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Instructor Class Description

Time Schedule:

Amos Nascimento
TIBCG 363
Tacoma Campus

Philosophical Perspectives on the Environment

Examines the philosophical thinking and wisdom attending an inherent valuation of the natural environment. Emphasizes critical exploration of the philosophical and natural history writings and/or expressions of primal traditions and seminal thinkers including Thoreau, Muir, Leopold, and Naess. Examines the ongoing philosophical dialogue attending the contemporary environmental crisis.

Class description

This course focuses on environmental ontology as a branch of studies that considers the philosophical meaning of “nature” and the “natural status” ascribed by humans to objects, entities, and species. Approaches to nature and ontology are found in several philosophical traditions, from religious and mythical perspectives to scientific, technological and linguistic methods. They include considerations on metaphysics, existence, intrinsic values, biocentrism, essentialism and other themes.

Student learning goals

1. Definition of ontology and fundamental ontological concepts;

2. Overview of ontological theories and philosophical traditions;

3. Understanding of how several disciplines presuppose, but rarely reflect on ontological concepts;

4. Research on contemporary issues and their relation to environmental or ecological ontology.

General method of instruction

Classes combine lectures, readings, discussions, presentations and practical activities. Every student will read the assigned texts, participate in discussions, write protocols and make a class presentation. Presentations will be selected according to the areas of interest of each student. The final research paper should reflect on the practical experiences and make use of complementary readings.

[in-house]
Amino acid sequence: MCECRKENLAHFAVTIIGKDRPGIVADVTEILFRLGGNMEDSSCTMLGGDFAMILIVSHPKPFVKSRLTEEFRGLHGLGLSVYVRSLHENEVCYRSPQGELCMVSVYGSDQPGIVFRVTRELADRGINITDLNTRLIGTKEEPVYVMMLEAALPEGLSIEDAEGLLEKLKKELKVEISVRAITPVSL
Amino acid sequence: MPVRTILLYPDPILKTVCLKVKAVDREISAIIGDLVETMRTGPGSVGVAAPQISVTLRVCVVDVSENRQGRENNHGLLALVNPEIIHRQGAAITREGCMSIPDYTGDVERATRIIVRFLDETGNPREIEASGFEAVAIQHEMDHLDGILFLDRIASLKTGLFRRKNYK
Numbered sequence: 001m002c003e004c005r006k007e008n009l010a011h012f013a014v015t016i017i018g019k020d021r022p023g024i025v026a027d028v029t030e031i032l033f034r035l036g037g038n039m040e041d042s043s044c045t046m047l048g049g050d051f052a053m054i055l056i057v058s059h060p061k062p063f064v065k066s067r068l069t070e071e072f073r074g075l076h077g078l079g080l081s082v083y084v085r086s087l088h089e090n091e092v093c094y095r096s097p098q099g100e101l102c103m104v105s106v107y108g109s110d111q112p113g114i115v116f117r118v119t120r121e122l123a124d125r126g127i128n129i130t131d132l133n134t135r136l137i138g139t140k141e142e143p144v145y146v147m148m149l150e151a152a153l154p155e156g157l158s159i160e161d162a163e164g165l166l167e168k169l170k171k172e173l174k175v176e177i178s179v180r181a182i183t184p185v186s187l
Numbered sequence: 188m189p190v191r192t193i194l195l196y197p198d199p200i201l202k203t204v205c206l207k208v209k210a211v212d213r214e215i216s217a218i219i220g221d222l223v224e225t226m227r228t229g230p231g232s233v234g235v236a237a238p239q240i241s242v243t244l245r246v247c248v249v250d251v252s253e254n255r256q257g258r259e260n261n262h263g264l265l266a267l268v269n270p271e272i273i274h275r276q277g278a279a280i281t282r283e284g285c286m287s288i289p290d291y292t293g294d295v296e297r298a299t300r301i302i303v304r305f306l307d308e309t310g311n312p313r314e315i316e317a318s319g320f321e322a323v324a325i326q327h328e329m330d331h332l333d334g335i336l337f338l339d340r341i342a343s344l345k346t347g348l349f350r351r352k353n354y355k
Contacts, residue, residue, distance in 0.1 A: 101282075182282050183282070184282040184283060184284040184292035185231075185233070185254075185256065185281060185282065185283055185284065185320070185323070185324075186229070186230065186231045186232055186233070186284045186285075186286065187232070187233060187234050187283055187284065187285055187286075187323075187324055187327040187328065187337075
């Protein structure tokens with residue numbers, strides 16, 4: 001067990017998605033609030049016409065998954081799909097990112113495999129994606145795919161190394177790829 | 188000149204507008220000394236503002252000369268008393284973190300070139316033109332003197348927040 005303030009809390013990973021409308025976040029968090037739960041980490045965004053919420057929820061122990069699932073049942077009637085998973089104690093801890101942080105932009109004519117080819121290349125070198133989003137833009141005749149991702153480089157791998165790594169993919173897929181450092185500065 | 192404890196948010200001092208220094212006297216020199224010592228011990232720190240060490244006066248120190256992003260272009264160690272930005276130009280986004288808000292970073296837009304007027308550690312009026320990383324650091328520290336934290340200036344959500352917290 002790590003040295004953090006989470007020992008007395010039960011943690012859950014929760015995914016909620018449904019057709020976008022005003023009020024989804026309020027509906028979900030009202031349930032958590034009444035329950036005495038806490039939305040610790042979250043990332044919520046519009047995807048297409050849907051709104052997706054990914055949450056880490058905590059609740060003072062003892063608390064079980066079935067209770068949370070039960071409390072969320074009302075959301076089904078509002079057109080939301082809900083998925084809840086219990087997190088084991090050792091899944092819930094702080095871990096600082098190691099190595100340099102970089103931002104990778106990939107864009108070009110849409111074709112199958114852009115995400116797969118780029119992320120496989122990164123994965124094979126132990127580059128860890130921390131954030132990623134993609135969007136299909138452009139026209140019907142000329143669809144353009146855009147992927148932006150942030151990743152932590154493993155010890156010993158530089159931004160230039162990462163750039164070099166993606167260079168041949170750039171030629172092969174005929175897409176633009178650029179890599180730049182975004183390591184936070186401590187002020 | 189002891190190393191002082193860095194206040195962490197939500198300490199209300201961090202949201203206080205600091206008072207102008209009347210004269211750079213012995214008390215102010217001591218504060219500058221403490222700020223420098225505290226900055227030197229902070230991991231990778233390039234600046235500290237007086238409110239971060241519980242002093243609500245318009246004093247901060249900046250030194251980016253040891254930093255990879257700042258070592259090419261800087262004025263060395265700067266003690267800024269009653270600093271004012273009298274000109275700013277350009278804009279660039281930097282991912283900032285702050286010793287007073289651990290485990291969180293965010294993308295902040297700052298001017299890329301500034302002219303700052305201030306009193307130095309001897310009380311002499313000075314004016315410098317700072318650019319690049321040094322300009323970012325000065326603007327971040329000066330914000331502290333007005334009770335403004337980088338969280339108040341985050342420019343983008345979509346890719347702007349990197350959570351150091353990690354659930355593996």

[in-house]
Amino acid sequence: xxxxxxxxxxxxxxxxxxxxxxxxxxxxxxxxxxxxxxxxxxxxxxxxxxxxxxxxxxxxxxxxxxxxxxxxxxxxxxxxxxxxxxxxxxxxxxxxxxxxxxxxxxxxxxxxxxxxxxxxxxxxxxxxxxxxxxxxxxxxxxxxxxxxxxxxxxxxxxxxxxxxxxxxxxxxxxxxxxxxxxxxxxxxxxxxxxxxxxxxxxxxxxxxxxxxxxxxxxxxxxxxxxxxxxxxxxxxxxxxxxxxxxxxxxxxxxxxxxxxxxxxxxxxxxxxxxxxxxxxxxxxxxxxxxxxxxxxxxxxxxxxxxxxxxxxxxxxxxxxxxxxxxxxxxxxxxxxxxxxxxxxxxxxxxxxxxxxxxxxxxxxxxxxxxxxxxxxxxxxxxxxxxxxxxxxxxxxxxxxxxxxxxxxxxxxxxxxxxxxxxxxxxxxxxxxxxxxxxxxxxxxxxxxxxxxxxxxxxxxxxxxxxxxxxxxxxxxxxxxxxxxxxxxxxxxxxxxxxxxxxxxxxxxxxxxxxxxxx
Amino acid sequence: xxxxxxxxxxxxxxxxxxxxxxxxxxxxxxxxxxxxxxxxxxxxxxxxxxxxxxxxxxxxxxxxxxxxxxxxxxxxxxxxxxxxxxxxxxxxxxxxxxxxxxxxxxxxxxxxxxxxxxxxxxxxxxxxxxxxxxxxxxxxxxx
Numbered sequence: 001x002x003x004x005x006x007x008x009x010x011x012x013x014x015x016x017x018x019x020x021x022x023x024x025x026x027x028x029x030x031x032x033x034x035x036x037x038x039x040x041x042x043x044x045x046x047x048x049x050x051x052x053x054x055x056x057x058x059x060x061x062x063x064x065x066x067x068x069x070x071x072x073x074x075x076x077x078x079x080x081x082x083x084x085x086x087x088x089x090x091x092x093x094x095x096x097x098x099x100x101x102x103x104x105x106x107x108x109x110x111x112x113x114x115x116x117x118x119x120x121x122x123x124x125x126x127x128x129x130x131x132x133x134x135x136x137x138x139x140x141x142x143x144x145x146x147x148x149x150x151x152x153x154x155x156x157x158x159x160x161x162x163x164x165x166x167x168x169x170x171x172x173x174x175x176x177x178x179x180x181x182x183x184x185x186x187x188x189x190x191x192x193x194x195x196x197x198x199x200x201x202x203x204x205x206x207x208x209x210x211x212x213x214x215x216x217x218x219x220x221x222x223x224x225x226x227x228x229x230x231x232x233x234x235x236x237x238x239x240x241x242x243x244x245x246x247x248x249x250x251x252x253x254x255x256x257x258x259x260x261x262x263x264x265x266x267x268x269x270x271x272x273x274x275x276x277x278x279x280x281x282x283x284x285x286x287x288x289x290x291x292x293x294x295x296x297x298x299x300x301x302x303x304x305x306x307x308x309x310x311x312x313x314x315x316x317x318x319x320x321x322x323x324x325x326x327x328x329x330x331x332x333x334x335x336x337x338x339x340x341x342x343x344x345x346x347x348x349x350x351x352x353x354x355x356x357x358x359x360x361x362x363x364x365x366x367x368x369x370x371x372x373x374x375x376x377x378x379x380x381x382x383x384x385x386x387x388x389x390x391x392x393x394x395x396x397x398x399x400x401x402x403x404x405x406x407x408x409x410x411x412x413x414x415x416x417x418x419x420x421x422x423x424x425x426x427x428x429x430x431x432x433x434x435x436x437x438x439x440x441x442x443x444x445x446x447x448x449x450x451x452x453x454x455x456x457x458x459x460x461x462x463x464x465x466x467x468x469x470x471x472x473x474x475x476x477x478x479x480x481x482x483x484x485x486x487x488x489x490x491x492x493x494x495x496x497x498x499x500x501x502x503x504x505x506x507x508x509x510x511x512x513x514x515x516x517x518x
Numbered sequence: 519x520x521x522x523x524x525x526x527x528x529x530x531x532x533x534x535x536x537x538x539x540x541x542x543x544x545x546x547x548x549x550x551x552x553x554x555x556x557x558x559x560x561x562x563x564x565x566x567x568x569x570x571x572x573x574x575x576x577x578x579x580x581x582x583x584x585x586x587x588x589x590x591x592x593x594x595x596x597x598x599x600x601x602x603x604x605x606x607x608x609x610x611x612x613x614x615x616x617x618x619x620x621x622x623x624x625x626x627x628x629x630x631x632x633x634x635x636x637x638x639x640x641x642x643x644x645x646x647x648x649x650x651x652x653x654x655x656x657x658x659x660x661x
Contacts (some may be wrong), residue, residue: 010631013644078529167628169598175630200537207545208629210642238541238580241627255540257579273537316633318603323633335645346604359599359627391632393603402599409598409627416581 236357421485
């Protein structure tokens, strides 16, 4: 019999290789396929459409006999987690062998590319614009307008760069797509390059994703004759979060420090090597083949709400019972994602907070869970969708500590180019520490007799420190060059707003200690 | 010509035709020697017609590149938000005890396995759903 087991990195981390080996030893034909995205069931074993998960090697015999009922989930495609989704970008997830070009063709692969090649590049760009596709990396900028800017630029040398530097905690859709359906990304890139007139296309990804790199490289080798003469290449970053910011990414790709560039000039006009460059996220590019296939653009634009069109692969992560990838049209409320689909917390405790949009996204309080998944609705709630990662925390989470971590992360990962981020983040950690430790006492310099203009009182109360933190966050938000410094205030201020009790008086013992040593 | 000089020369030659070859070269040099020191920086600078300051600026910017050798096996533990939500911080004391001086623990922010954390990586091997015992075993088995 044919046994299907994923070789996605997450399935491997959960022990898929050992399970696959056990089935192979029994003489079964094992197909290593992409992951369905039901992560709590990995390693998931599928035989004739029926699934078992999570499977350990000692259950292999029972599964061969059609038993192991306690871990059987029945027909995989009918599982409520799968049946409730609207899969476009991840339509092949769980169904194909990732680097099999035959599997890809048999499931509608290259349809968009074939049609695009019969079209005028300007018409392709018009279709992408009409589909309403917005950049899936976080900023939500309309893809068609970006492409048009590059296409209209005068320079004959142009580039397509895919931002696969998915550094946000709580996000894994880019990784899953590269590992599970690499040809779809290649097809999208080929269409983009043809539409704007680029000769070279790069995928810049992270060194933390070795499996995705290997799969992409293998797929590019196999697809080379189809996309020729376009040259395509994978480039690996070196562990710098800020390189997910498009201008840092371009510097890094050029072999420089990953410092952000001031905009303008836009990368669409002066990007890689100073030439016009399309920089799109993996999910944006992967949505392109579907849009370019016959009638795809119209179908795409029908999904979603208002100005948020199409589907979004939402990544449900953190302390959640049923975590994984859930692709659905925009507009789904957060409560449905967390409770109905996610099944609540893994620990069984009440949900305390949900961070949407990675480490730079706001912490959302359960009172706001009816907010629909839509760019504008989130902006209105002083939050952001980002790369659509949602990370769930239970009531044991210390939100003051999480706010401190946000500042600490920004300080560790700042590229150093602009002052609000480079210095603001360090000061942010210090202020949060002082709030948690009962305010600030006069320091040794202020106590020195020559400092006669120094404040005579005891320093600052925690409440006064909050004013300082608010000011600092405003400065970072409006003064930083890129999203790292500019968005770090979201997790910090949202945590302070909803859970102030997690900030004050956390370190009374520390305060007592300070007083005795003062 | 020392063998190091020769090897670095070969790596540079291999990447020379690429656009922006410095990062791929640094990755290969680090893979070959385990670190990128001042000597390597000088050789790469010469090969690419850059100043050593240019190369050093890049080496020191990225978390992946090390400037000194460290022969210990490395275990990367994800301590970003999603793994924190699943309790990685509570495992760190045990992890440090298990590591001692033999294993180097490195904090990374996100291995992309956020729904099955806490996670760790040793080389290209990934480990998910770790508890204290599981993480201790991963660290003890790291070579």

Recommended preparation

Be prepared to be part of a process in which w will ask hard questions and discuss their implications. What is nature? How do humans relate to nature? What is the status of my pet in this relation? How did Natives define their relation to Mount Tahoma? How do we define nature and the environment? These and other complex questions are to be addressed by “environmental ontology.”

Class assignments and grading

1. Tests/Quizzes (20%); 2. Participation in discussions and activities (20%); 3. Writing of reports (20%); 4. Oral presentation (20%); 5. Final paper (20%).


The information above is intended to be helpful in choosing courses. Because the instructor may further develop his/her plans for this course, its characteristics are subject to change without notice. In most cases, the official course syllabus will be distributed on the first day of class.
Last Update by Amos Nascimento
Date: 03/21/2007